April 12 will mark the 50th anniversary of the first man in space and Sotheby's is auctioning a unique piece of memorabilia to commemorate the event.
Three weeks before Soviet Yuri Gagarin orbited the earth, a test capsule, Vostok 3KA-2, was sent up on a trial run.
Carrying a life size dummy, the 2.5m diameter cabin successfully completed a single orbit of the Earth on March 23 1961, before landing in the snow near the Soviet town of Izhvesk.
The achievements of these times are considerable when one considers that the Wright brothers' first powered flight was made just 58 years previously.
Experts and potential investors are divided on the worth of the capsule, which is currently on display in New York ahead of the sale, with Sotheby's pre-sale estimate spanning $2m to $10m.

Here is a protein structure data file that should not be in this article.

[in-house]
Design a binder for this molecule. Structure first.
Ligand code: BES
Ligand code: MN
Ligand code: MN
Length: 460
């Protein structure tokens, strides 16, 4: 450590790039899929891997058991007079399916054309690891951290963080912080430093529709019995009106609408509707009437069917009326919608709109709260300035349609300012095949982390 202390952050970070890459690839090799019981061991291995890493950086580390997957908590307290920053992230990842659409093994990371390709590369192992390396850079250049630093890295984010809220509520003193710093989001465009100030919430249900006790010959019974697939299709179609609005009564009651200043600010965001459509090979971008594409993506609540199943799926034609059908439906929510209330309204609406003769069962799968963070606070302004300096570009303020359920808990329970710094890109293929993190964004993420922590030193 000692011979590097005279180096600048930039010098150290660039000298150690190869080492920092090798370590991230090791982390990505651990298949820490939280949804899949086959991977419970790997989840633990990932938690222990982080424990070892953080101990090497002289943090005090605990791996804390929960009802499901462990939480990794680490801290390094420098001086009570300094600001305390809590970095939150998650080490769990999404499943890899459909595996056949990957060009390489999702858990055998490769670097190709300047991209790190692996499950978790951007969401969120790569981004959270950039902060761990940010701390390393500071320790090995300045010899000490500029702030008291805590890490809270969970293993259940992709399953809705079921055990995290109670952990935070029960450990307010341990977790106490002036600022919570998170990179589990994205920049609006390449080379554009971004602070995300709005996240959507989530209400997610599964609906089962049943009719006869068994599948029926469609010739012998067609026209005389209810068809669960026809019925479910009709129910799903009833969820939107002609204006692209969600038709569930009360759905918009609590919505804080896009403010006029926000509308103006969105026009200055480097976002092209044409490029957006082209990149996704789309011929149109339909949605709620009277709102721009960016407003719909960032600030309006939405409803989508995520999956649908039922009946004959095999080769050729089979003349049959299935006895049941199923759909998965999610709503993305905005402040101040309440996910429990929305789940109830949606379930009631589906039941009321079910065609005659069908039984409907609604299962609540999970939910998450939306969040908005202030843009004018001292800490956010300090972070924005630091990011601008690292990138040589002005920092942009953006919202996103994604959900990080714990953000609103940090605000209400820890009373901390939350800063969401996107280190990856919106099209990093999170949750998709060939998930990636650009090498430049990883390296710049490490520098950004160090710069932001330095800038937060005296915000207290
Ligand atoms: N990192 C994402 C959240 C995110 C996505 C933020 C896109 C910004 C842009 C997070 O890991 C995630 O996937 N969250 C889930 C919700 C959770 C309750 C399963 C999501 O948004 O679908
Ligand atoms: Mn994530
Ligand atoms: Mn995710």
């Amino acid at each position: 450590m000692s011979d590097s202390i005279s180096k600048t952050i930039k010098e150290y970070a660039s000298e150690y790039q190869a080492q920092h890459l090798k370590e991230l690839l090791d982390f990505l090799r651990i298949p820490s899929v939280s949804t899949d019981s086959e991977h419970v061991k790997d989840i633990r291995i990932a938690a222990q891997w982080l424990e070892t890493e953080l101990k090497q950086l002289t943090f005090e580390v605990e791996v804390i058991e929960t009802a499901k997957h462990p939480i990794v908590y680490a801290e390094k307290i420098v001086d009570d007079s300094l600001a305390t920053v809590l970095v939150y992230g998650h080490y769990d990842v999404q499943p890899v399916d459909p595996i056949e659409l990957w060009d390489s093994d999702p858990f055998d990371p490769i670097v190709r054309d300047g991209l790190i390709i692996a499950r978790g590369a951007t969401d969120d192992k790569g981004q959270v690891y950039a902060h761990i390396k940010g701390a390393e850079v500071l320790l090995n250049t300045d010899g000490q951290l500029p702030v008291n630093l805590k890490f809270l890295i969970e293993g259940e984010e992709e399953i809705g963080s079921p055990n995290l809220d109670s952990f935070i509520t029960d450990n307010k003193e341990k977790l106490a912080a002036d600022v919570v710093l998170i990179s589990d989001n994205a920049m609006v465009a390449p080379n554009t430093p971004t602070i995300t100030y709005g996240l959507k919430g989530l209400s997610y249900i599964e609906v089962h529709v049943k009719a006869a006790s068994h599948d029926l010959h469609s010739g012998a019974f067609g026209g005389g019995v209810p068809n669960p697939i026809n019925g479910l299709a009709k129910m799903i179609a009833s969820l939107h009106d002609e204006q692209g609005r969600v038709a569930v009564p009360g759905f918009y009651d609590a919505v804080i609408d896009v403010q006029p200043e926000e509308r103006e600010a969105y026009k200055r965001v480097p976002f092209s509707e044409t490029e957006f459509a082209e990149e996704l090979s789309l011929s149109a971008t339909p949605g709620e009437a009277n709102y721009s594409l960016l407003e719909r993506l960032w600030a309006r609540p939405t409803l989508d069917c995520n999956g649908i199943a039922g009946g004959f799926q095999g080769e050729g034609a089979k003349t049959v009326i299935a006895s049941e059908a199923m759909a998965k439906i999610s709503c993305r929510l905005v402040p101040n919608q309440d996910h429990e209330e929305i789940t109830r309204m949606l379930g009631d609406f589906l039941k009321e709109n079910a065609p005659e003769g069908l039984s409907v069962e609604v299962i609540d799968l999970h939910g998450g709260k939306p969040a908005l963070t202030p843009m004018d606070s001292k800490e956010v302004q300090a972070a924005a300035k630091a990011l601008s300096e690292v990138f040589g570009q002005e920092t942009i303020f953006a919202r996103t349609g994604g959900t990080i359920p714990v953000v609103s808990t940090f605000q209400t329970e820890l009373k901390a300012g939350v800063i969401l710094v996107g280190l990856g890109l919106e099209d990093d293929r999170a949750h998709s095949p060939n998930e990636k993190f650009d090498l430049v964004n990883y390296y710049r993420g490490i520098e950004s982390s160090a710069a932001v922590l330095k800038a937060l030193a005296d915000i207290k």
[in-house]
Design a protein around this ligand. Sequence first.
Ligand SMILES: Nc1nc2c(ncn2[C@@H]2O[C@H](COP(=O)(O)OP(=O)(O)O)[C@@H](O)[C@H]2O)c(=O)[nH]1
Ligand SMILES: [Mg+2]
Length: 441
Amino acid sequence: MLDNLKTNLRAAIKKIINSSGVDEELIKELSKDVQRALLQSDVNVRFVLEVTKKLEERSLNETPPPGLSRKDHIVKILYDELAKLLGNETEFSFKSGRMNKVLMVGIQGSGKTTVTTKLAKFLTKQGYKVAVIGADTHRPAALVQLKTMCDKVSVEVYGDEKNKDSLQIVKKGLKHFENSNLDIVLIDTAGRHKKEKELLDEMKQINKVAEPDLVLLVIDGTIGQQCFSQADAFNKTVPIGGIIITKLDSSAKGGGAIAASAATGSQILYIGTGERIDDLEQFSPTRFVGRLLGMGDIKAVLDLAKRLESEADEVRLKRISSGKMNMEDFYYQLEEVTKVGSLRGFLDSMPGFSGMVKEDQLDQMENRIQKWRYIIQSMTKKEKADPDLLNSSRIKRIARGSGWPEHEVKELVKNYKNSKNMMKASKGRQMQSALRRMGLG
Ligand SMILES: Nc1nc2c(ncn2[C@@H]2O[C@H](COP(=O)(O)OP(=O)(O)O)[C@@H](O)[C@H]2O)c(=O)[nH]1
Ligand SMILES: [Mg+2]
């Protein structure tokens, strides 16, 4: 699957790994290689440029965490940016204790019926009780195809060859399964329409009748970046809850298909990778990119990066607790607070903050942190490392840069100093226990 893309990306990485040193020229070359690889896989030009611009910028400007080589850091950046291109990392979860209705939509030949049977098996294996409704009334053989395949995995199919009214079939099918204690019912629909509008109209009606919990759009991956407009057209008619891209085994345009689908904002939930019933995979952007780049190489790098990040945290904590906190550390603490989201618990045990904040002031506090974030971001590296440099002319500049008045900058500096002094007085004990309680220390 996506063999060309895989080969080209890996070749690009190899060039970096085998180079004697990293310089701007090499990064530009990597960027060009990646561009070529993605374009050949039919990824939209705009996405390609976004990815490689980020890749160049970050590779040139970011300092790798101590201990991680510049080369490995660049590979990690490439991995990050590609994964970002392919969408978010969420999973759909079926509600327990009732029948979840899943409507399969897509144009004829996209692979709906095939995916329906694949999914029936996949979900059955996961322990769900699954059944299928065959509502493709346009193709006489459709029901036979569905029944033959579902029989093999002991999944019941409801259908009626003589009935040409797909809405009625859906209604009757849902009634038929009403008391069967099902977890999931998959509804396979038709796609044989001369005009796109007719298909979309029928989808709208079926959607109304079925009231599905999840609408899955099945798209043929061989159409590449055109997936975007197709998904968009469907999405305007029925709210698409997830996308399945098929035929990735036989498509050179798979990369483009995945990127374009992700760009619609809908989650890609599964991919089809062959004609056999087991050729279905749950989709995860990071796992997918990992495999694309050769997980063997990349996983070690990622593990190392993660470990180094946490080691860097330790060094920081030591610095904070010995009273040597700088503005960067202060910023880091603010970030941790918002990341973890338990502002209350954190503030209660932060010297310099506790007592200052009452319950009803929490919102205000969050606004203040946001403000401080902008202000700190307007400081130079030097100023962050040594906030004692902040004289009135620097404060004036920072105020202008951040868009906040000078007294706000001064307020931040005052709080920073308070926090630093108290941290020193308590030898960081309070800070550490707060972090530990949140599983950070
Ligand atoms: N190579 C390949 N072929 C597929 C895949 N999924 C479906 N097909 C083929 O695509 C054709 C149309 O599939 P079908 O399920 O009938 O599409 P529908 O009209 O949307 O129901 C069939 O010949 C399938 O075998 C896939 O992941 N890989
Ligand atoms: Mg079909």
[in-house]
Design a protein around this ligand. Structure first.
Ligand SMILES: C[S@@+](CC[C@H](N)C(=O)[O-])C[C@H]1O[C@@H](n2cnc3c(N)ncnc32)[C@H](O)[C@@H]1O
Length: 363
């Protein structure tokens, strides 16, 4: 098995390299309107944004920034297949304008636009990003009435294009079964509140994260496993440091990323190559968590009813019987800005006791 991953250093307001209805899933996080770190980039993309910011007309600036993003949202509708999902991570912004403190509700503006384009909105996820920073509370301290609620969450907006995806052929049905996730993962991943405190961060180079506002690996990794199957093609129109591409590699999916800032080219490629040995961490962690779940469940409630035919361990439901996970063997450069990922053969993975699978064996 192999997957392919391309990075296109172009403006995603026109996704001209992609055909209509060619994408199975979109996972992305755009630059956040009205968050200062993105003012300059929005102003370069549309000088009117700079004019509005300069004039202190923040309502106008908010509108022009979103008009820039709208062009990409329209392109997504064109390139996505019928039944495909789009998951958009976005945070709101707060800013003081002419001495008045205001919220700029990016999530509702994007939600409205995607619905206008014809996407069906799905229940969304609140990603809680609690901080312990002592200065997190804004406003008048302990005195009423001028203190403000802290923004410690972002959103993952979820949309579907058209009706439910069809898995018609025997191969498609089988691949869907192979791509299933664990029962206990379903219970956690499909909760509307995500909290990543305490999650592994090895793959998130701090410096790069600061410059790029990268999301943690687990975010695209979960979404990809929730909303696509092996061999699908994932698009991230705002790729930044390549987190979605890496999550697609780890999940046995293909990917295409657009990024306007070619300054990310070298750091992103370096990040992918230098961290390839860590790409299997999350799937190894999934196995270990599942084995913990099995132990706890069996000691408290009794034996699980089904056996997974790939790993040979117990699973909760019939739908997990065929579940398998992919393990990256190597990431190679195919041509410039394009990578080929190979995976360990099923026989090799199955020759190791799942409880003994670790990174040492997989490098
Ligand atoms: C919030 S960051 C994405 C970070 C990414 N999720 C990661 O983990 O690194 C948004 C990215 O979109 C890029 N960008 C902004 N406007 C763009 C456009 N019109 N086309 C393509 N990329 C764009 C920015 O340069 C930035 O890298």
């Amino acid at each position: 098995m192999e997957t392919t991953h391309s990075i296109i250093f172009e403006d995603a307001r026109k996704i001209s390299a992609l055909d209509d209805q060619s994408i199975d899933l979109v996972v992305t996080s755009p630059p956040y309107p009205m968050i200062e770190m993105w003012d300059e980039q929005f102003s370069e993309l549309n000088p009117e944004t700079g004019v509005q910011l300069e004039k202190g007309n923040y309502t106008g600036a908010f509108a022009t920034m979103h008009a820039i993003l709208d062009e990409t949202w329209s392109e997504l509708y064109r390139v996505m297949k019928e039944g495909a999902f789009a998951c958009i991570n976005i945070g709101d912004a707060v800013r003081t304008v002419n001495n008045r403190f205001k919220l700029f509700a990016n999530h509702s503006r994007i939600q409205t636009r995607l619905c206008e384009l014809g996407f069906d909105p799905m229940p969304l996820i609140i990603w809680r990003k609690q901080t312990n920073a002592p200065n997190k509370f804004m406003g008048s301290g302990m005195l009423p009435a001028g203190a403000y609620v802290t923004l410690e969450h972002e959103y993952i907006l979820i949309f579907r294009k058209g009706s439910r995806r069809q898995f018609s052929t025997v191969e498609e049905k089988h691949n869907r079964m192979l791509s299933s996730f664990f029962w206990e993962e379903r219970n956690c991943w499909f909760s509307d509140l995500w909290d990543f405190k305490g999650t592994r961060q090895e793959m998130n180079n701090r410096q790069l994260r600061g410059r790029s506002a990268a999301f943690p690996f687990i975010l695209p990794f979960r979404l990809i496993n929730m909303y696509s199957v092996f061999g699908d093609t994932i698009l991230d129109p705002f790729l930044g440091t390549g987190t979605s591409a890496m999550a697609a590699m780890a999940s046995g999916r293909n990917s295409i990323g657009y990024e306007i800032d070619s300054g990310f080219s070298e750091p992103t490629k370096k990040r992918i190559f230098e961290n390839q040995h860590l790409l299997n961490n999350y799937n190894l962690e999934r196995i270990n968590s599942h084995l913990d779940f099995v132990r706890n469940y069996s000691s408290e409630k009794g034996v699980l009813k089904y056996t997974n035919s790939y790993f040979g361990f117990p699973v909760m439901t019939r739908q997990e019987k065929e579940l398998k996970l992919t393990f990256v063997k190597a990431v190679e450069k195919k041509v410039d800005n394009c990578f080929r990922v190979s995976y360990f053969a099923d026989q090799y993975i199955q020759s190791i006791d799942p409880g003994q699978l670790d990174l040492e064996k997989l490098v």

"Not only are there no other examples outside of Russia of the world's first spacecraft, this capsule was pivotal in space history as providing the green light for Gagarin's spectacular achievement," said David Redden, the head of Sotheby's special projects department.
"It's an extraordinary object that makes [the history of the flight] real and also totally terrifying."
The anonymous consignor bought the capsule from Russia in a private sale.
The Vostok 1 that Gagarin took into orbit resides at the museum of rocket manufacturer Rkk Energia.
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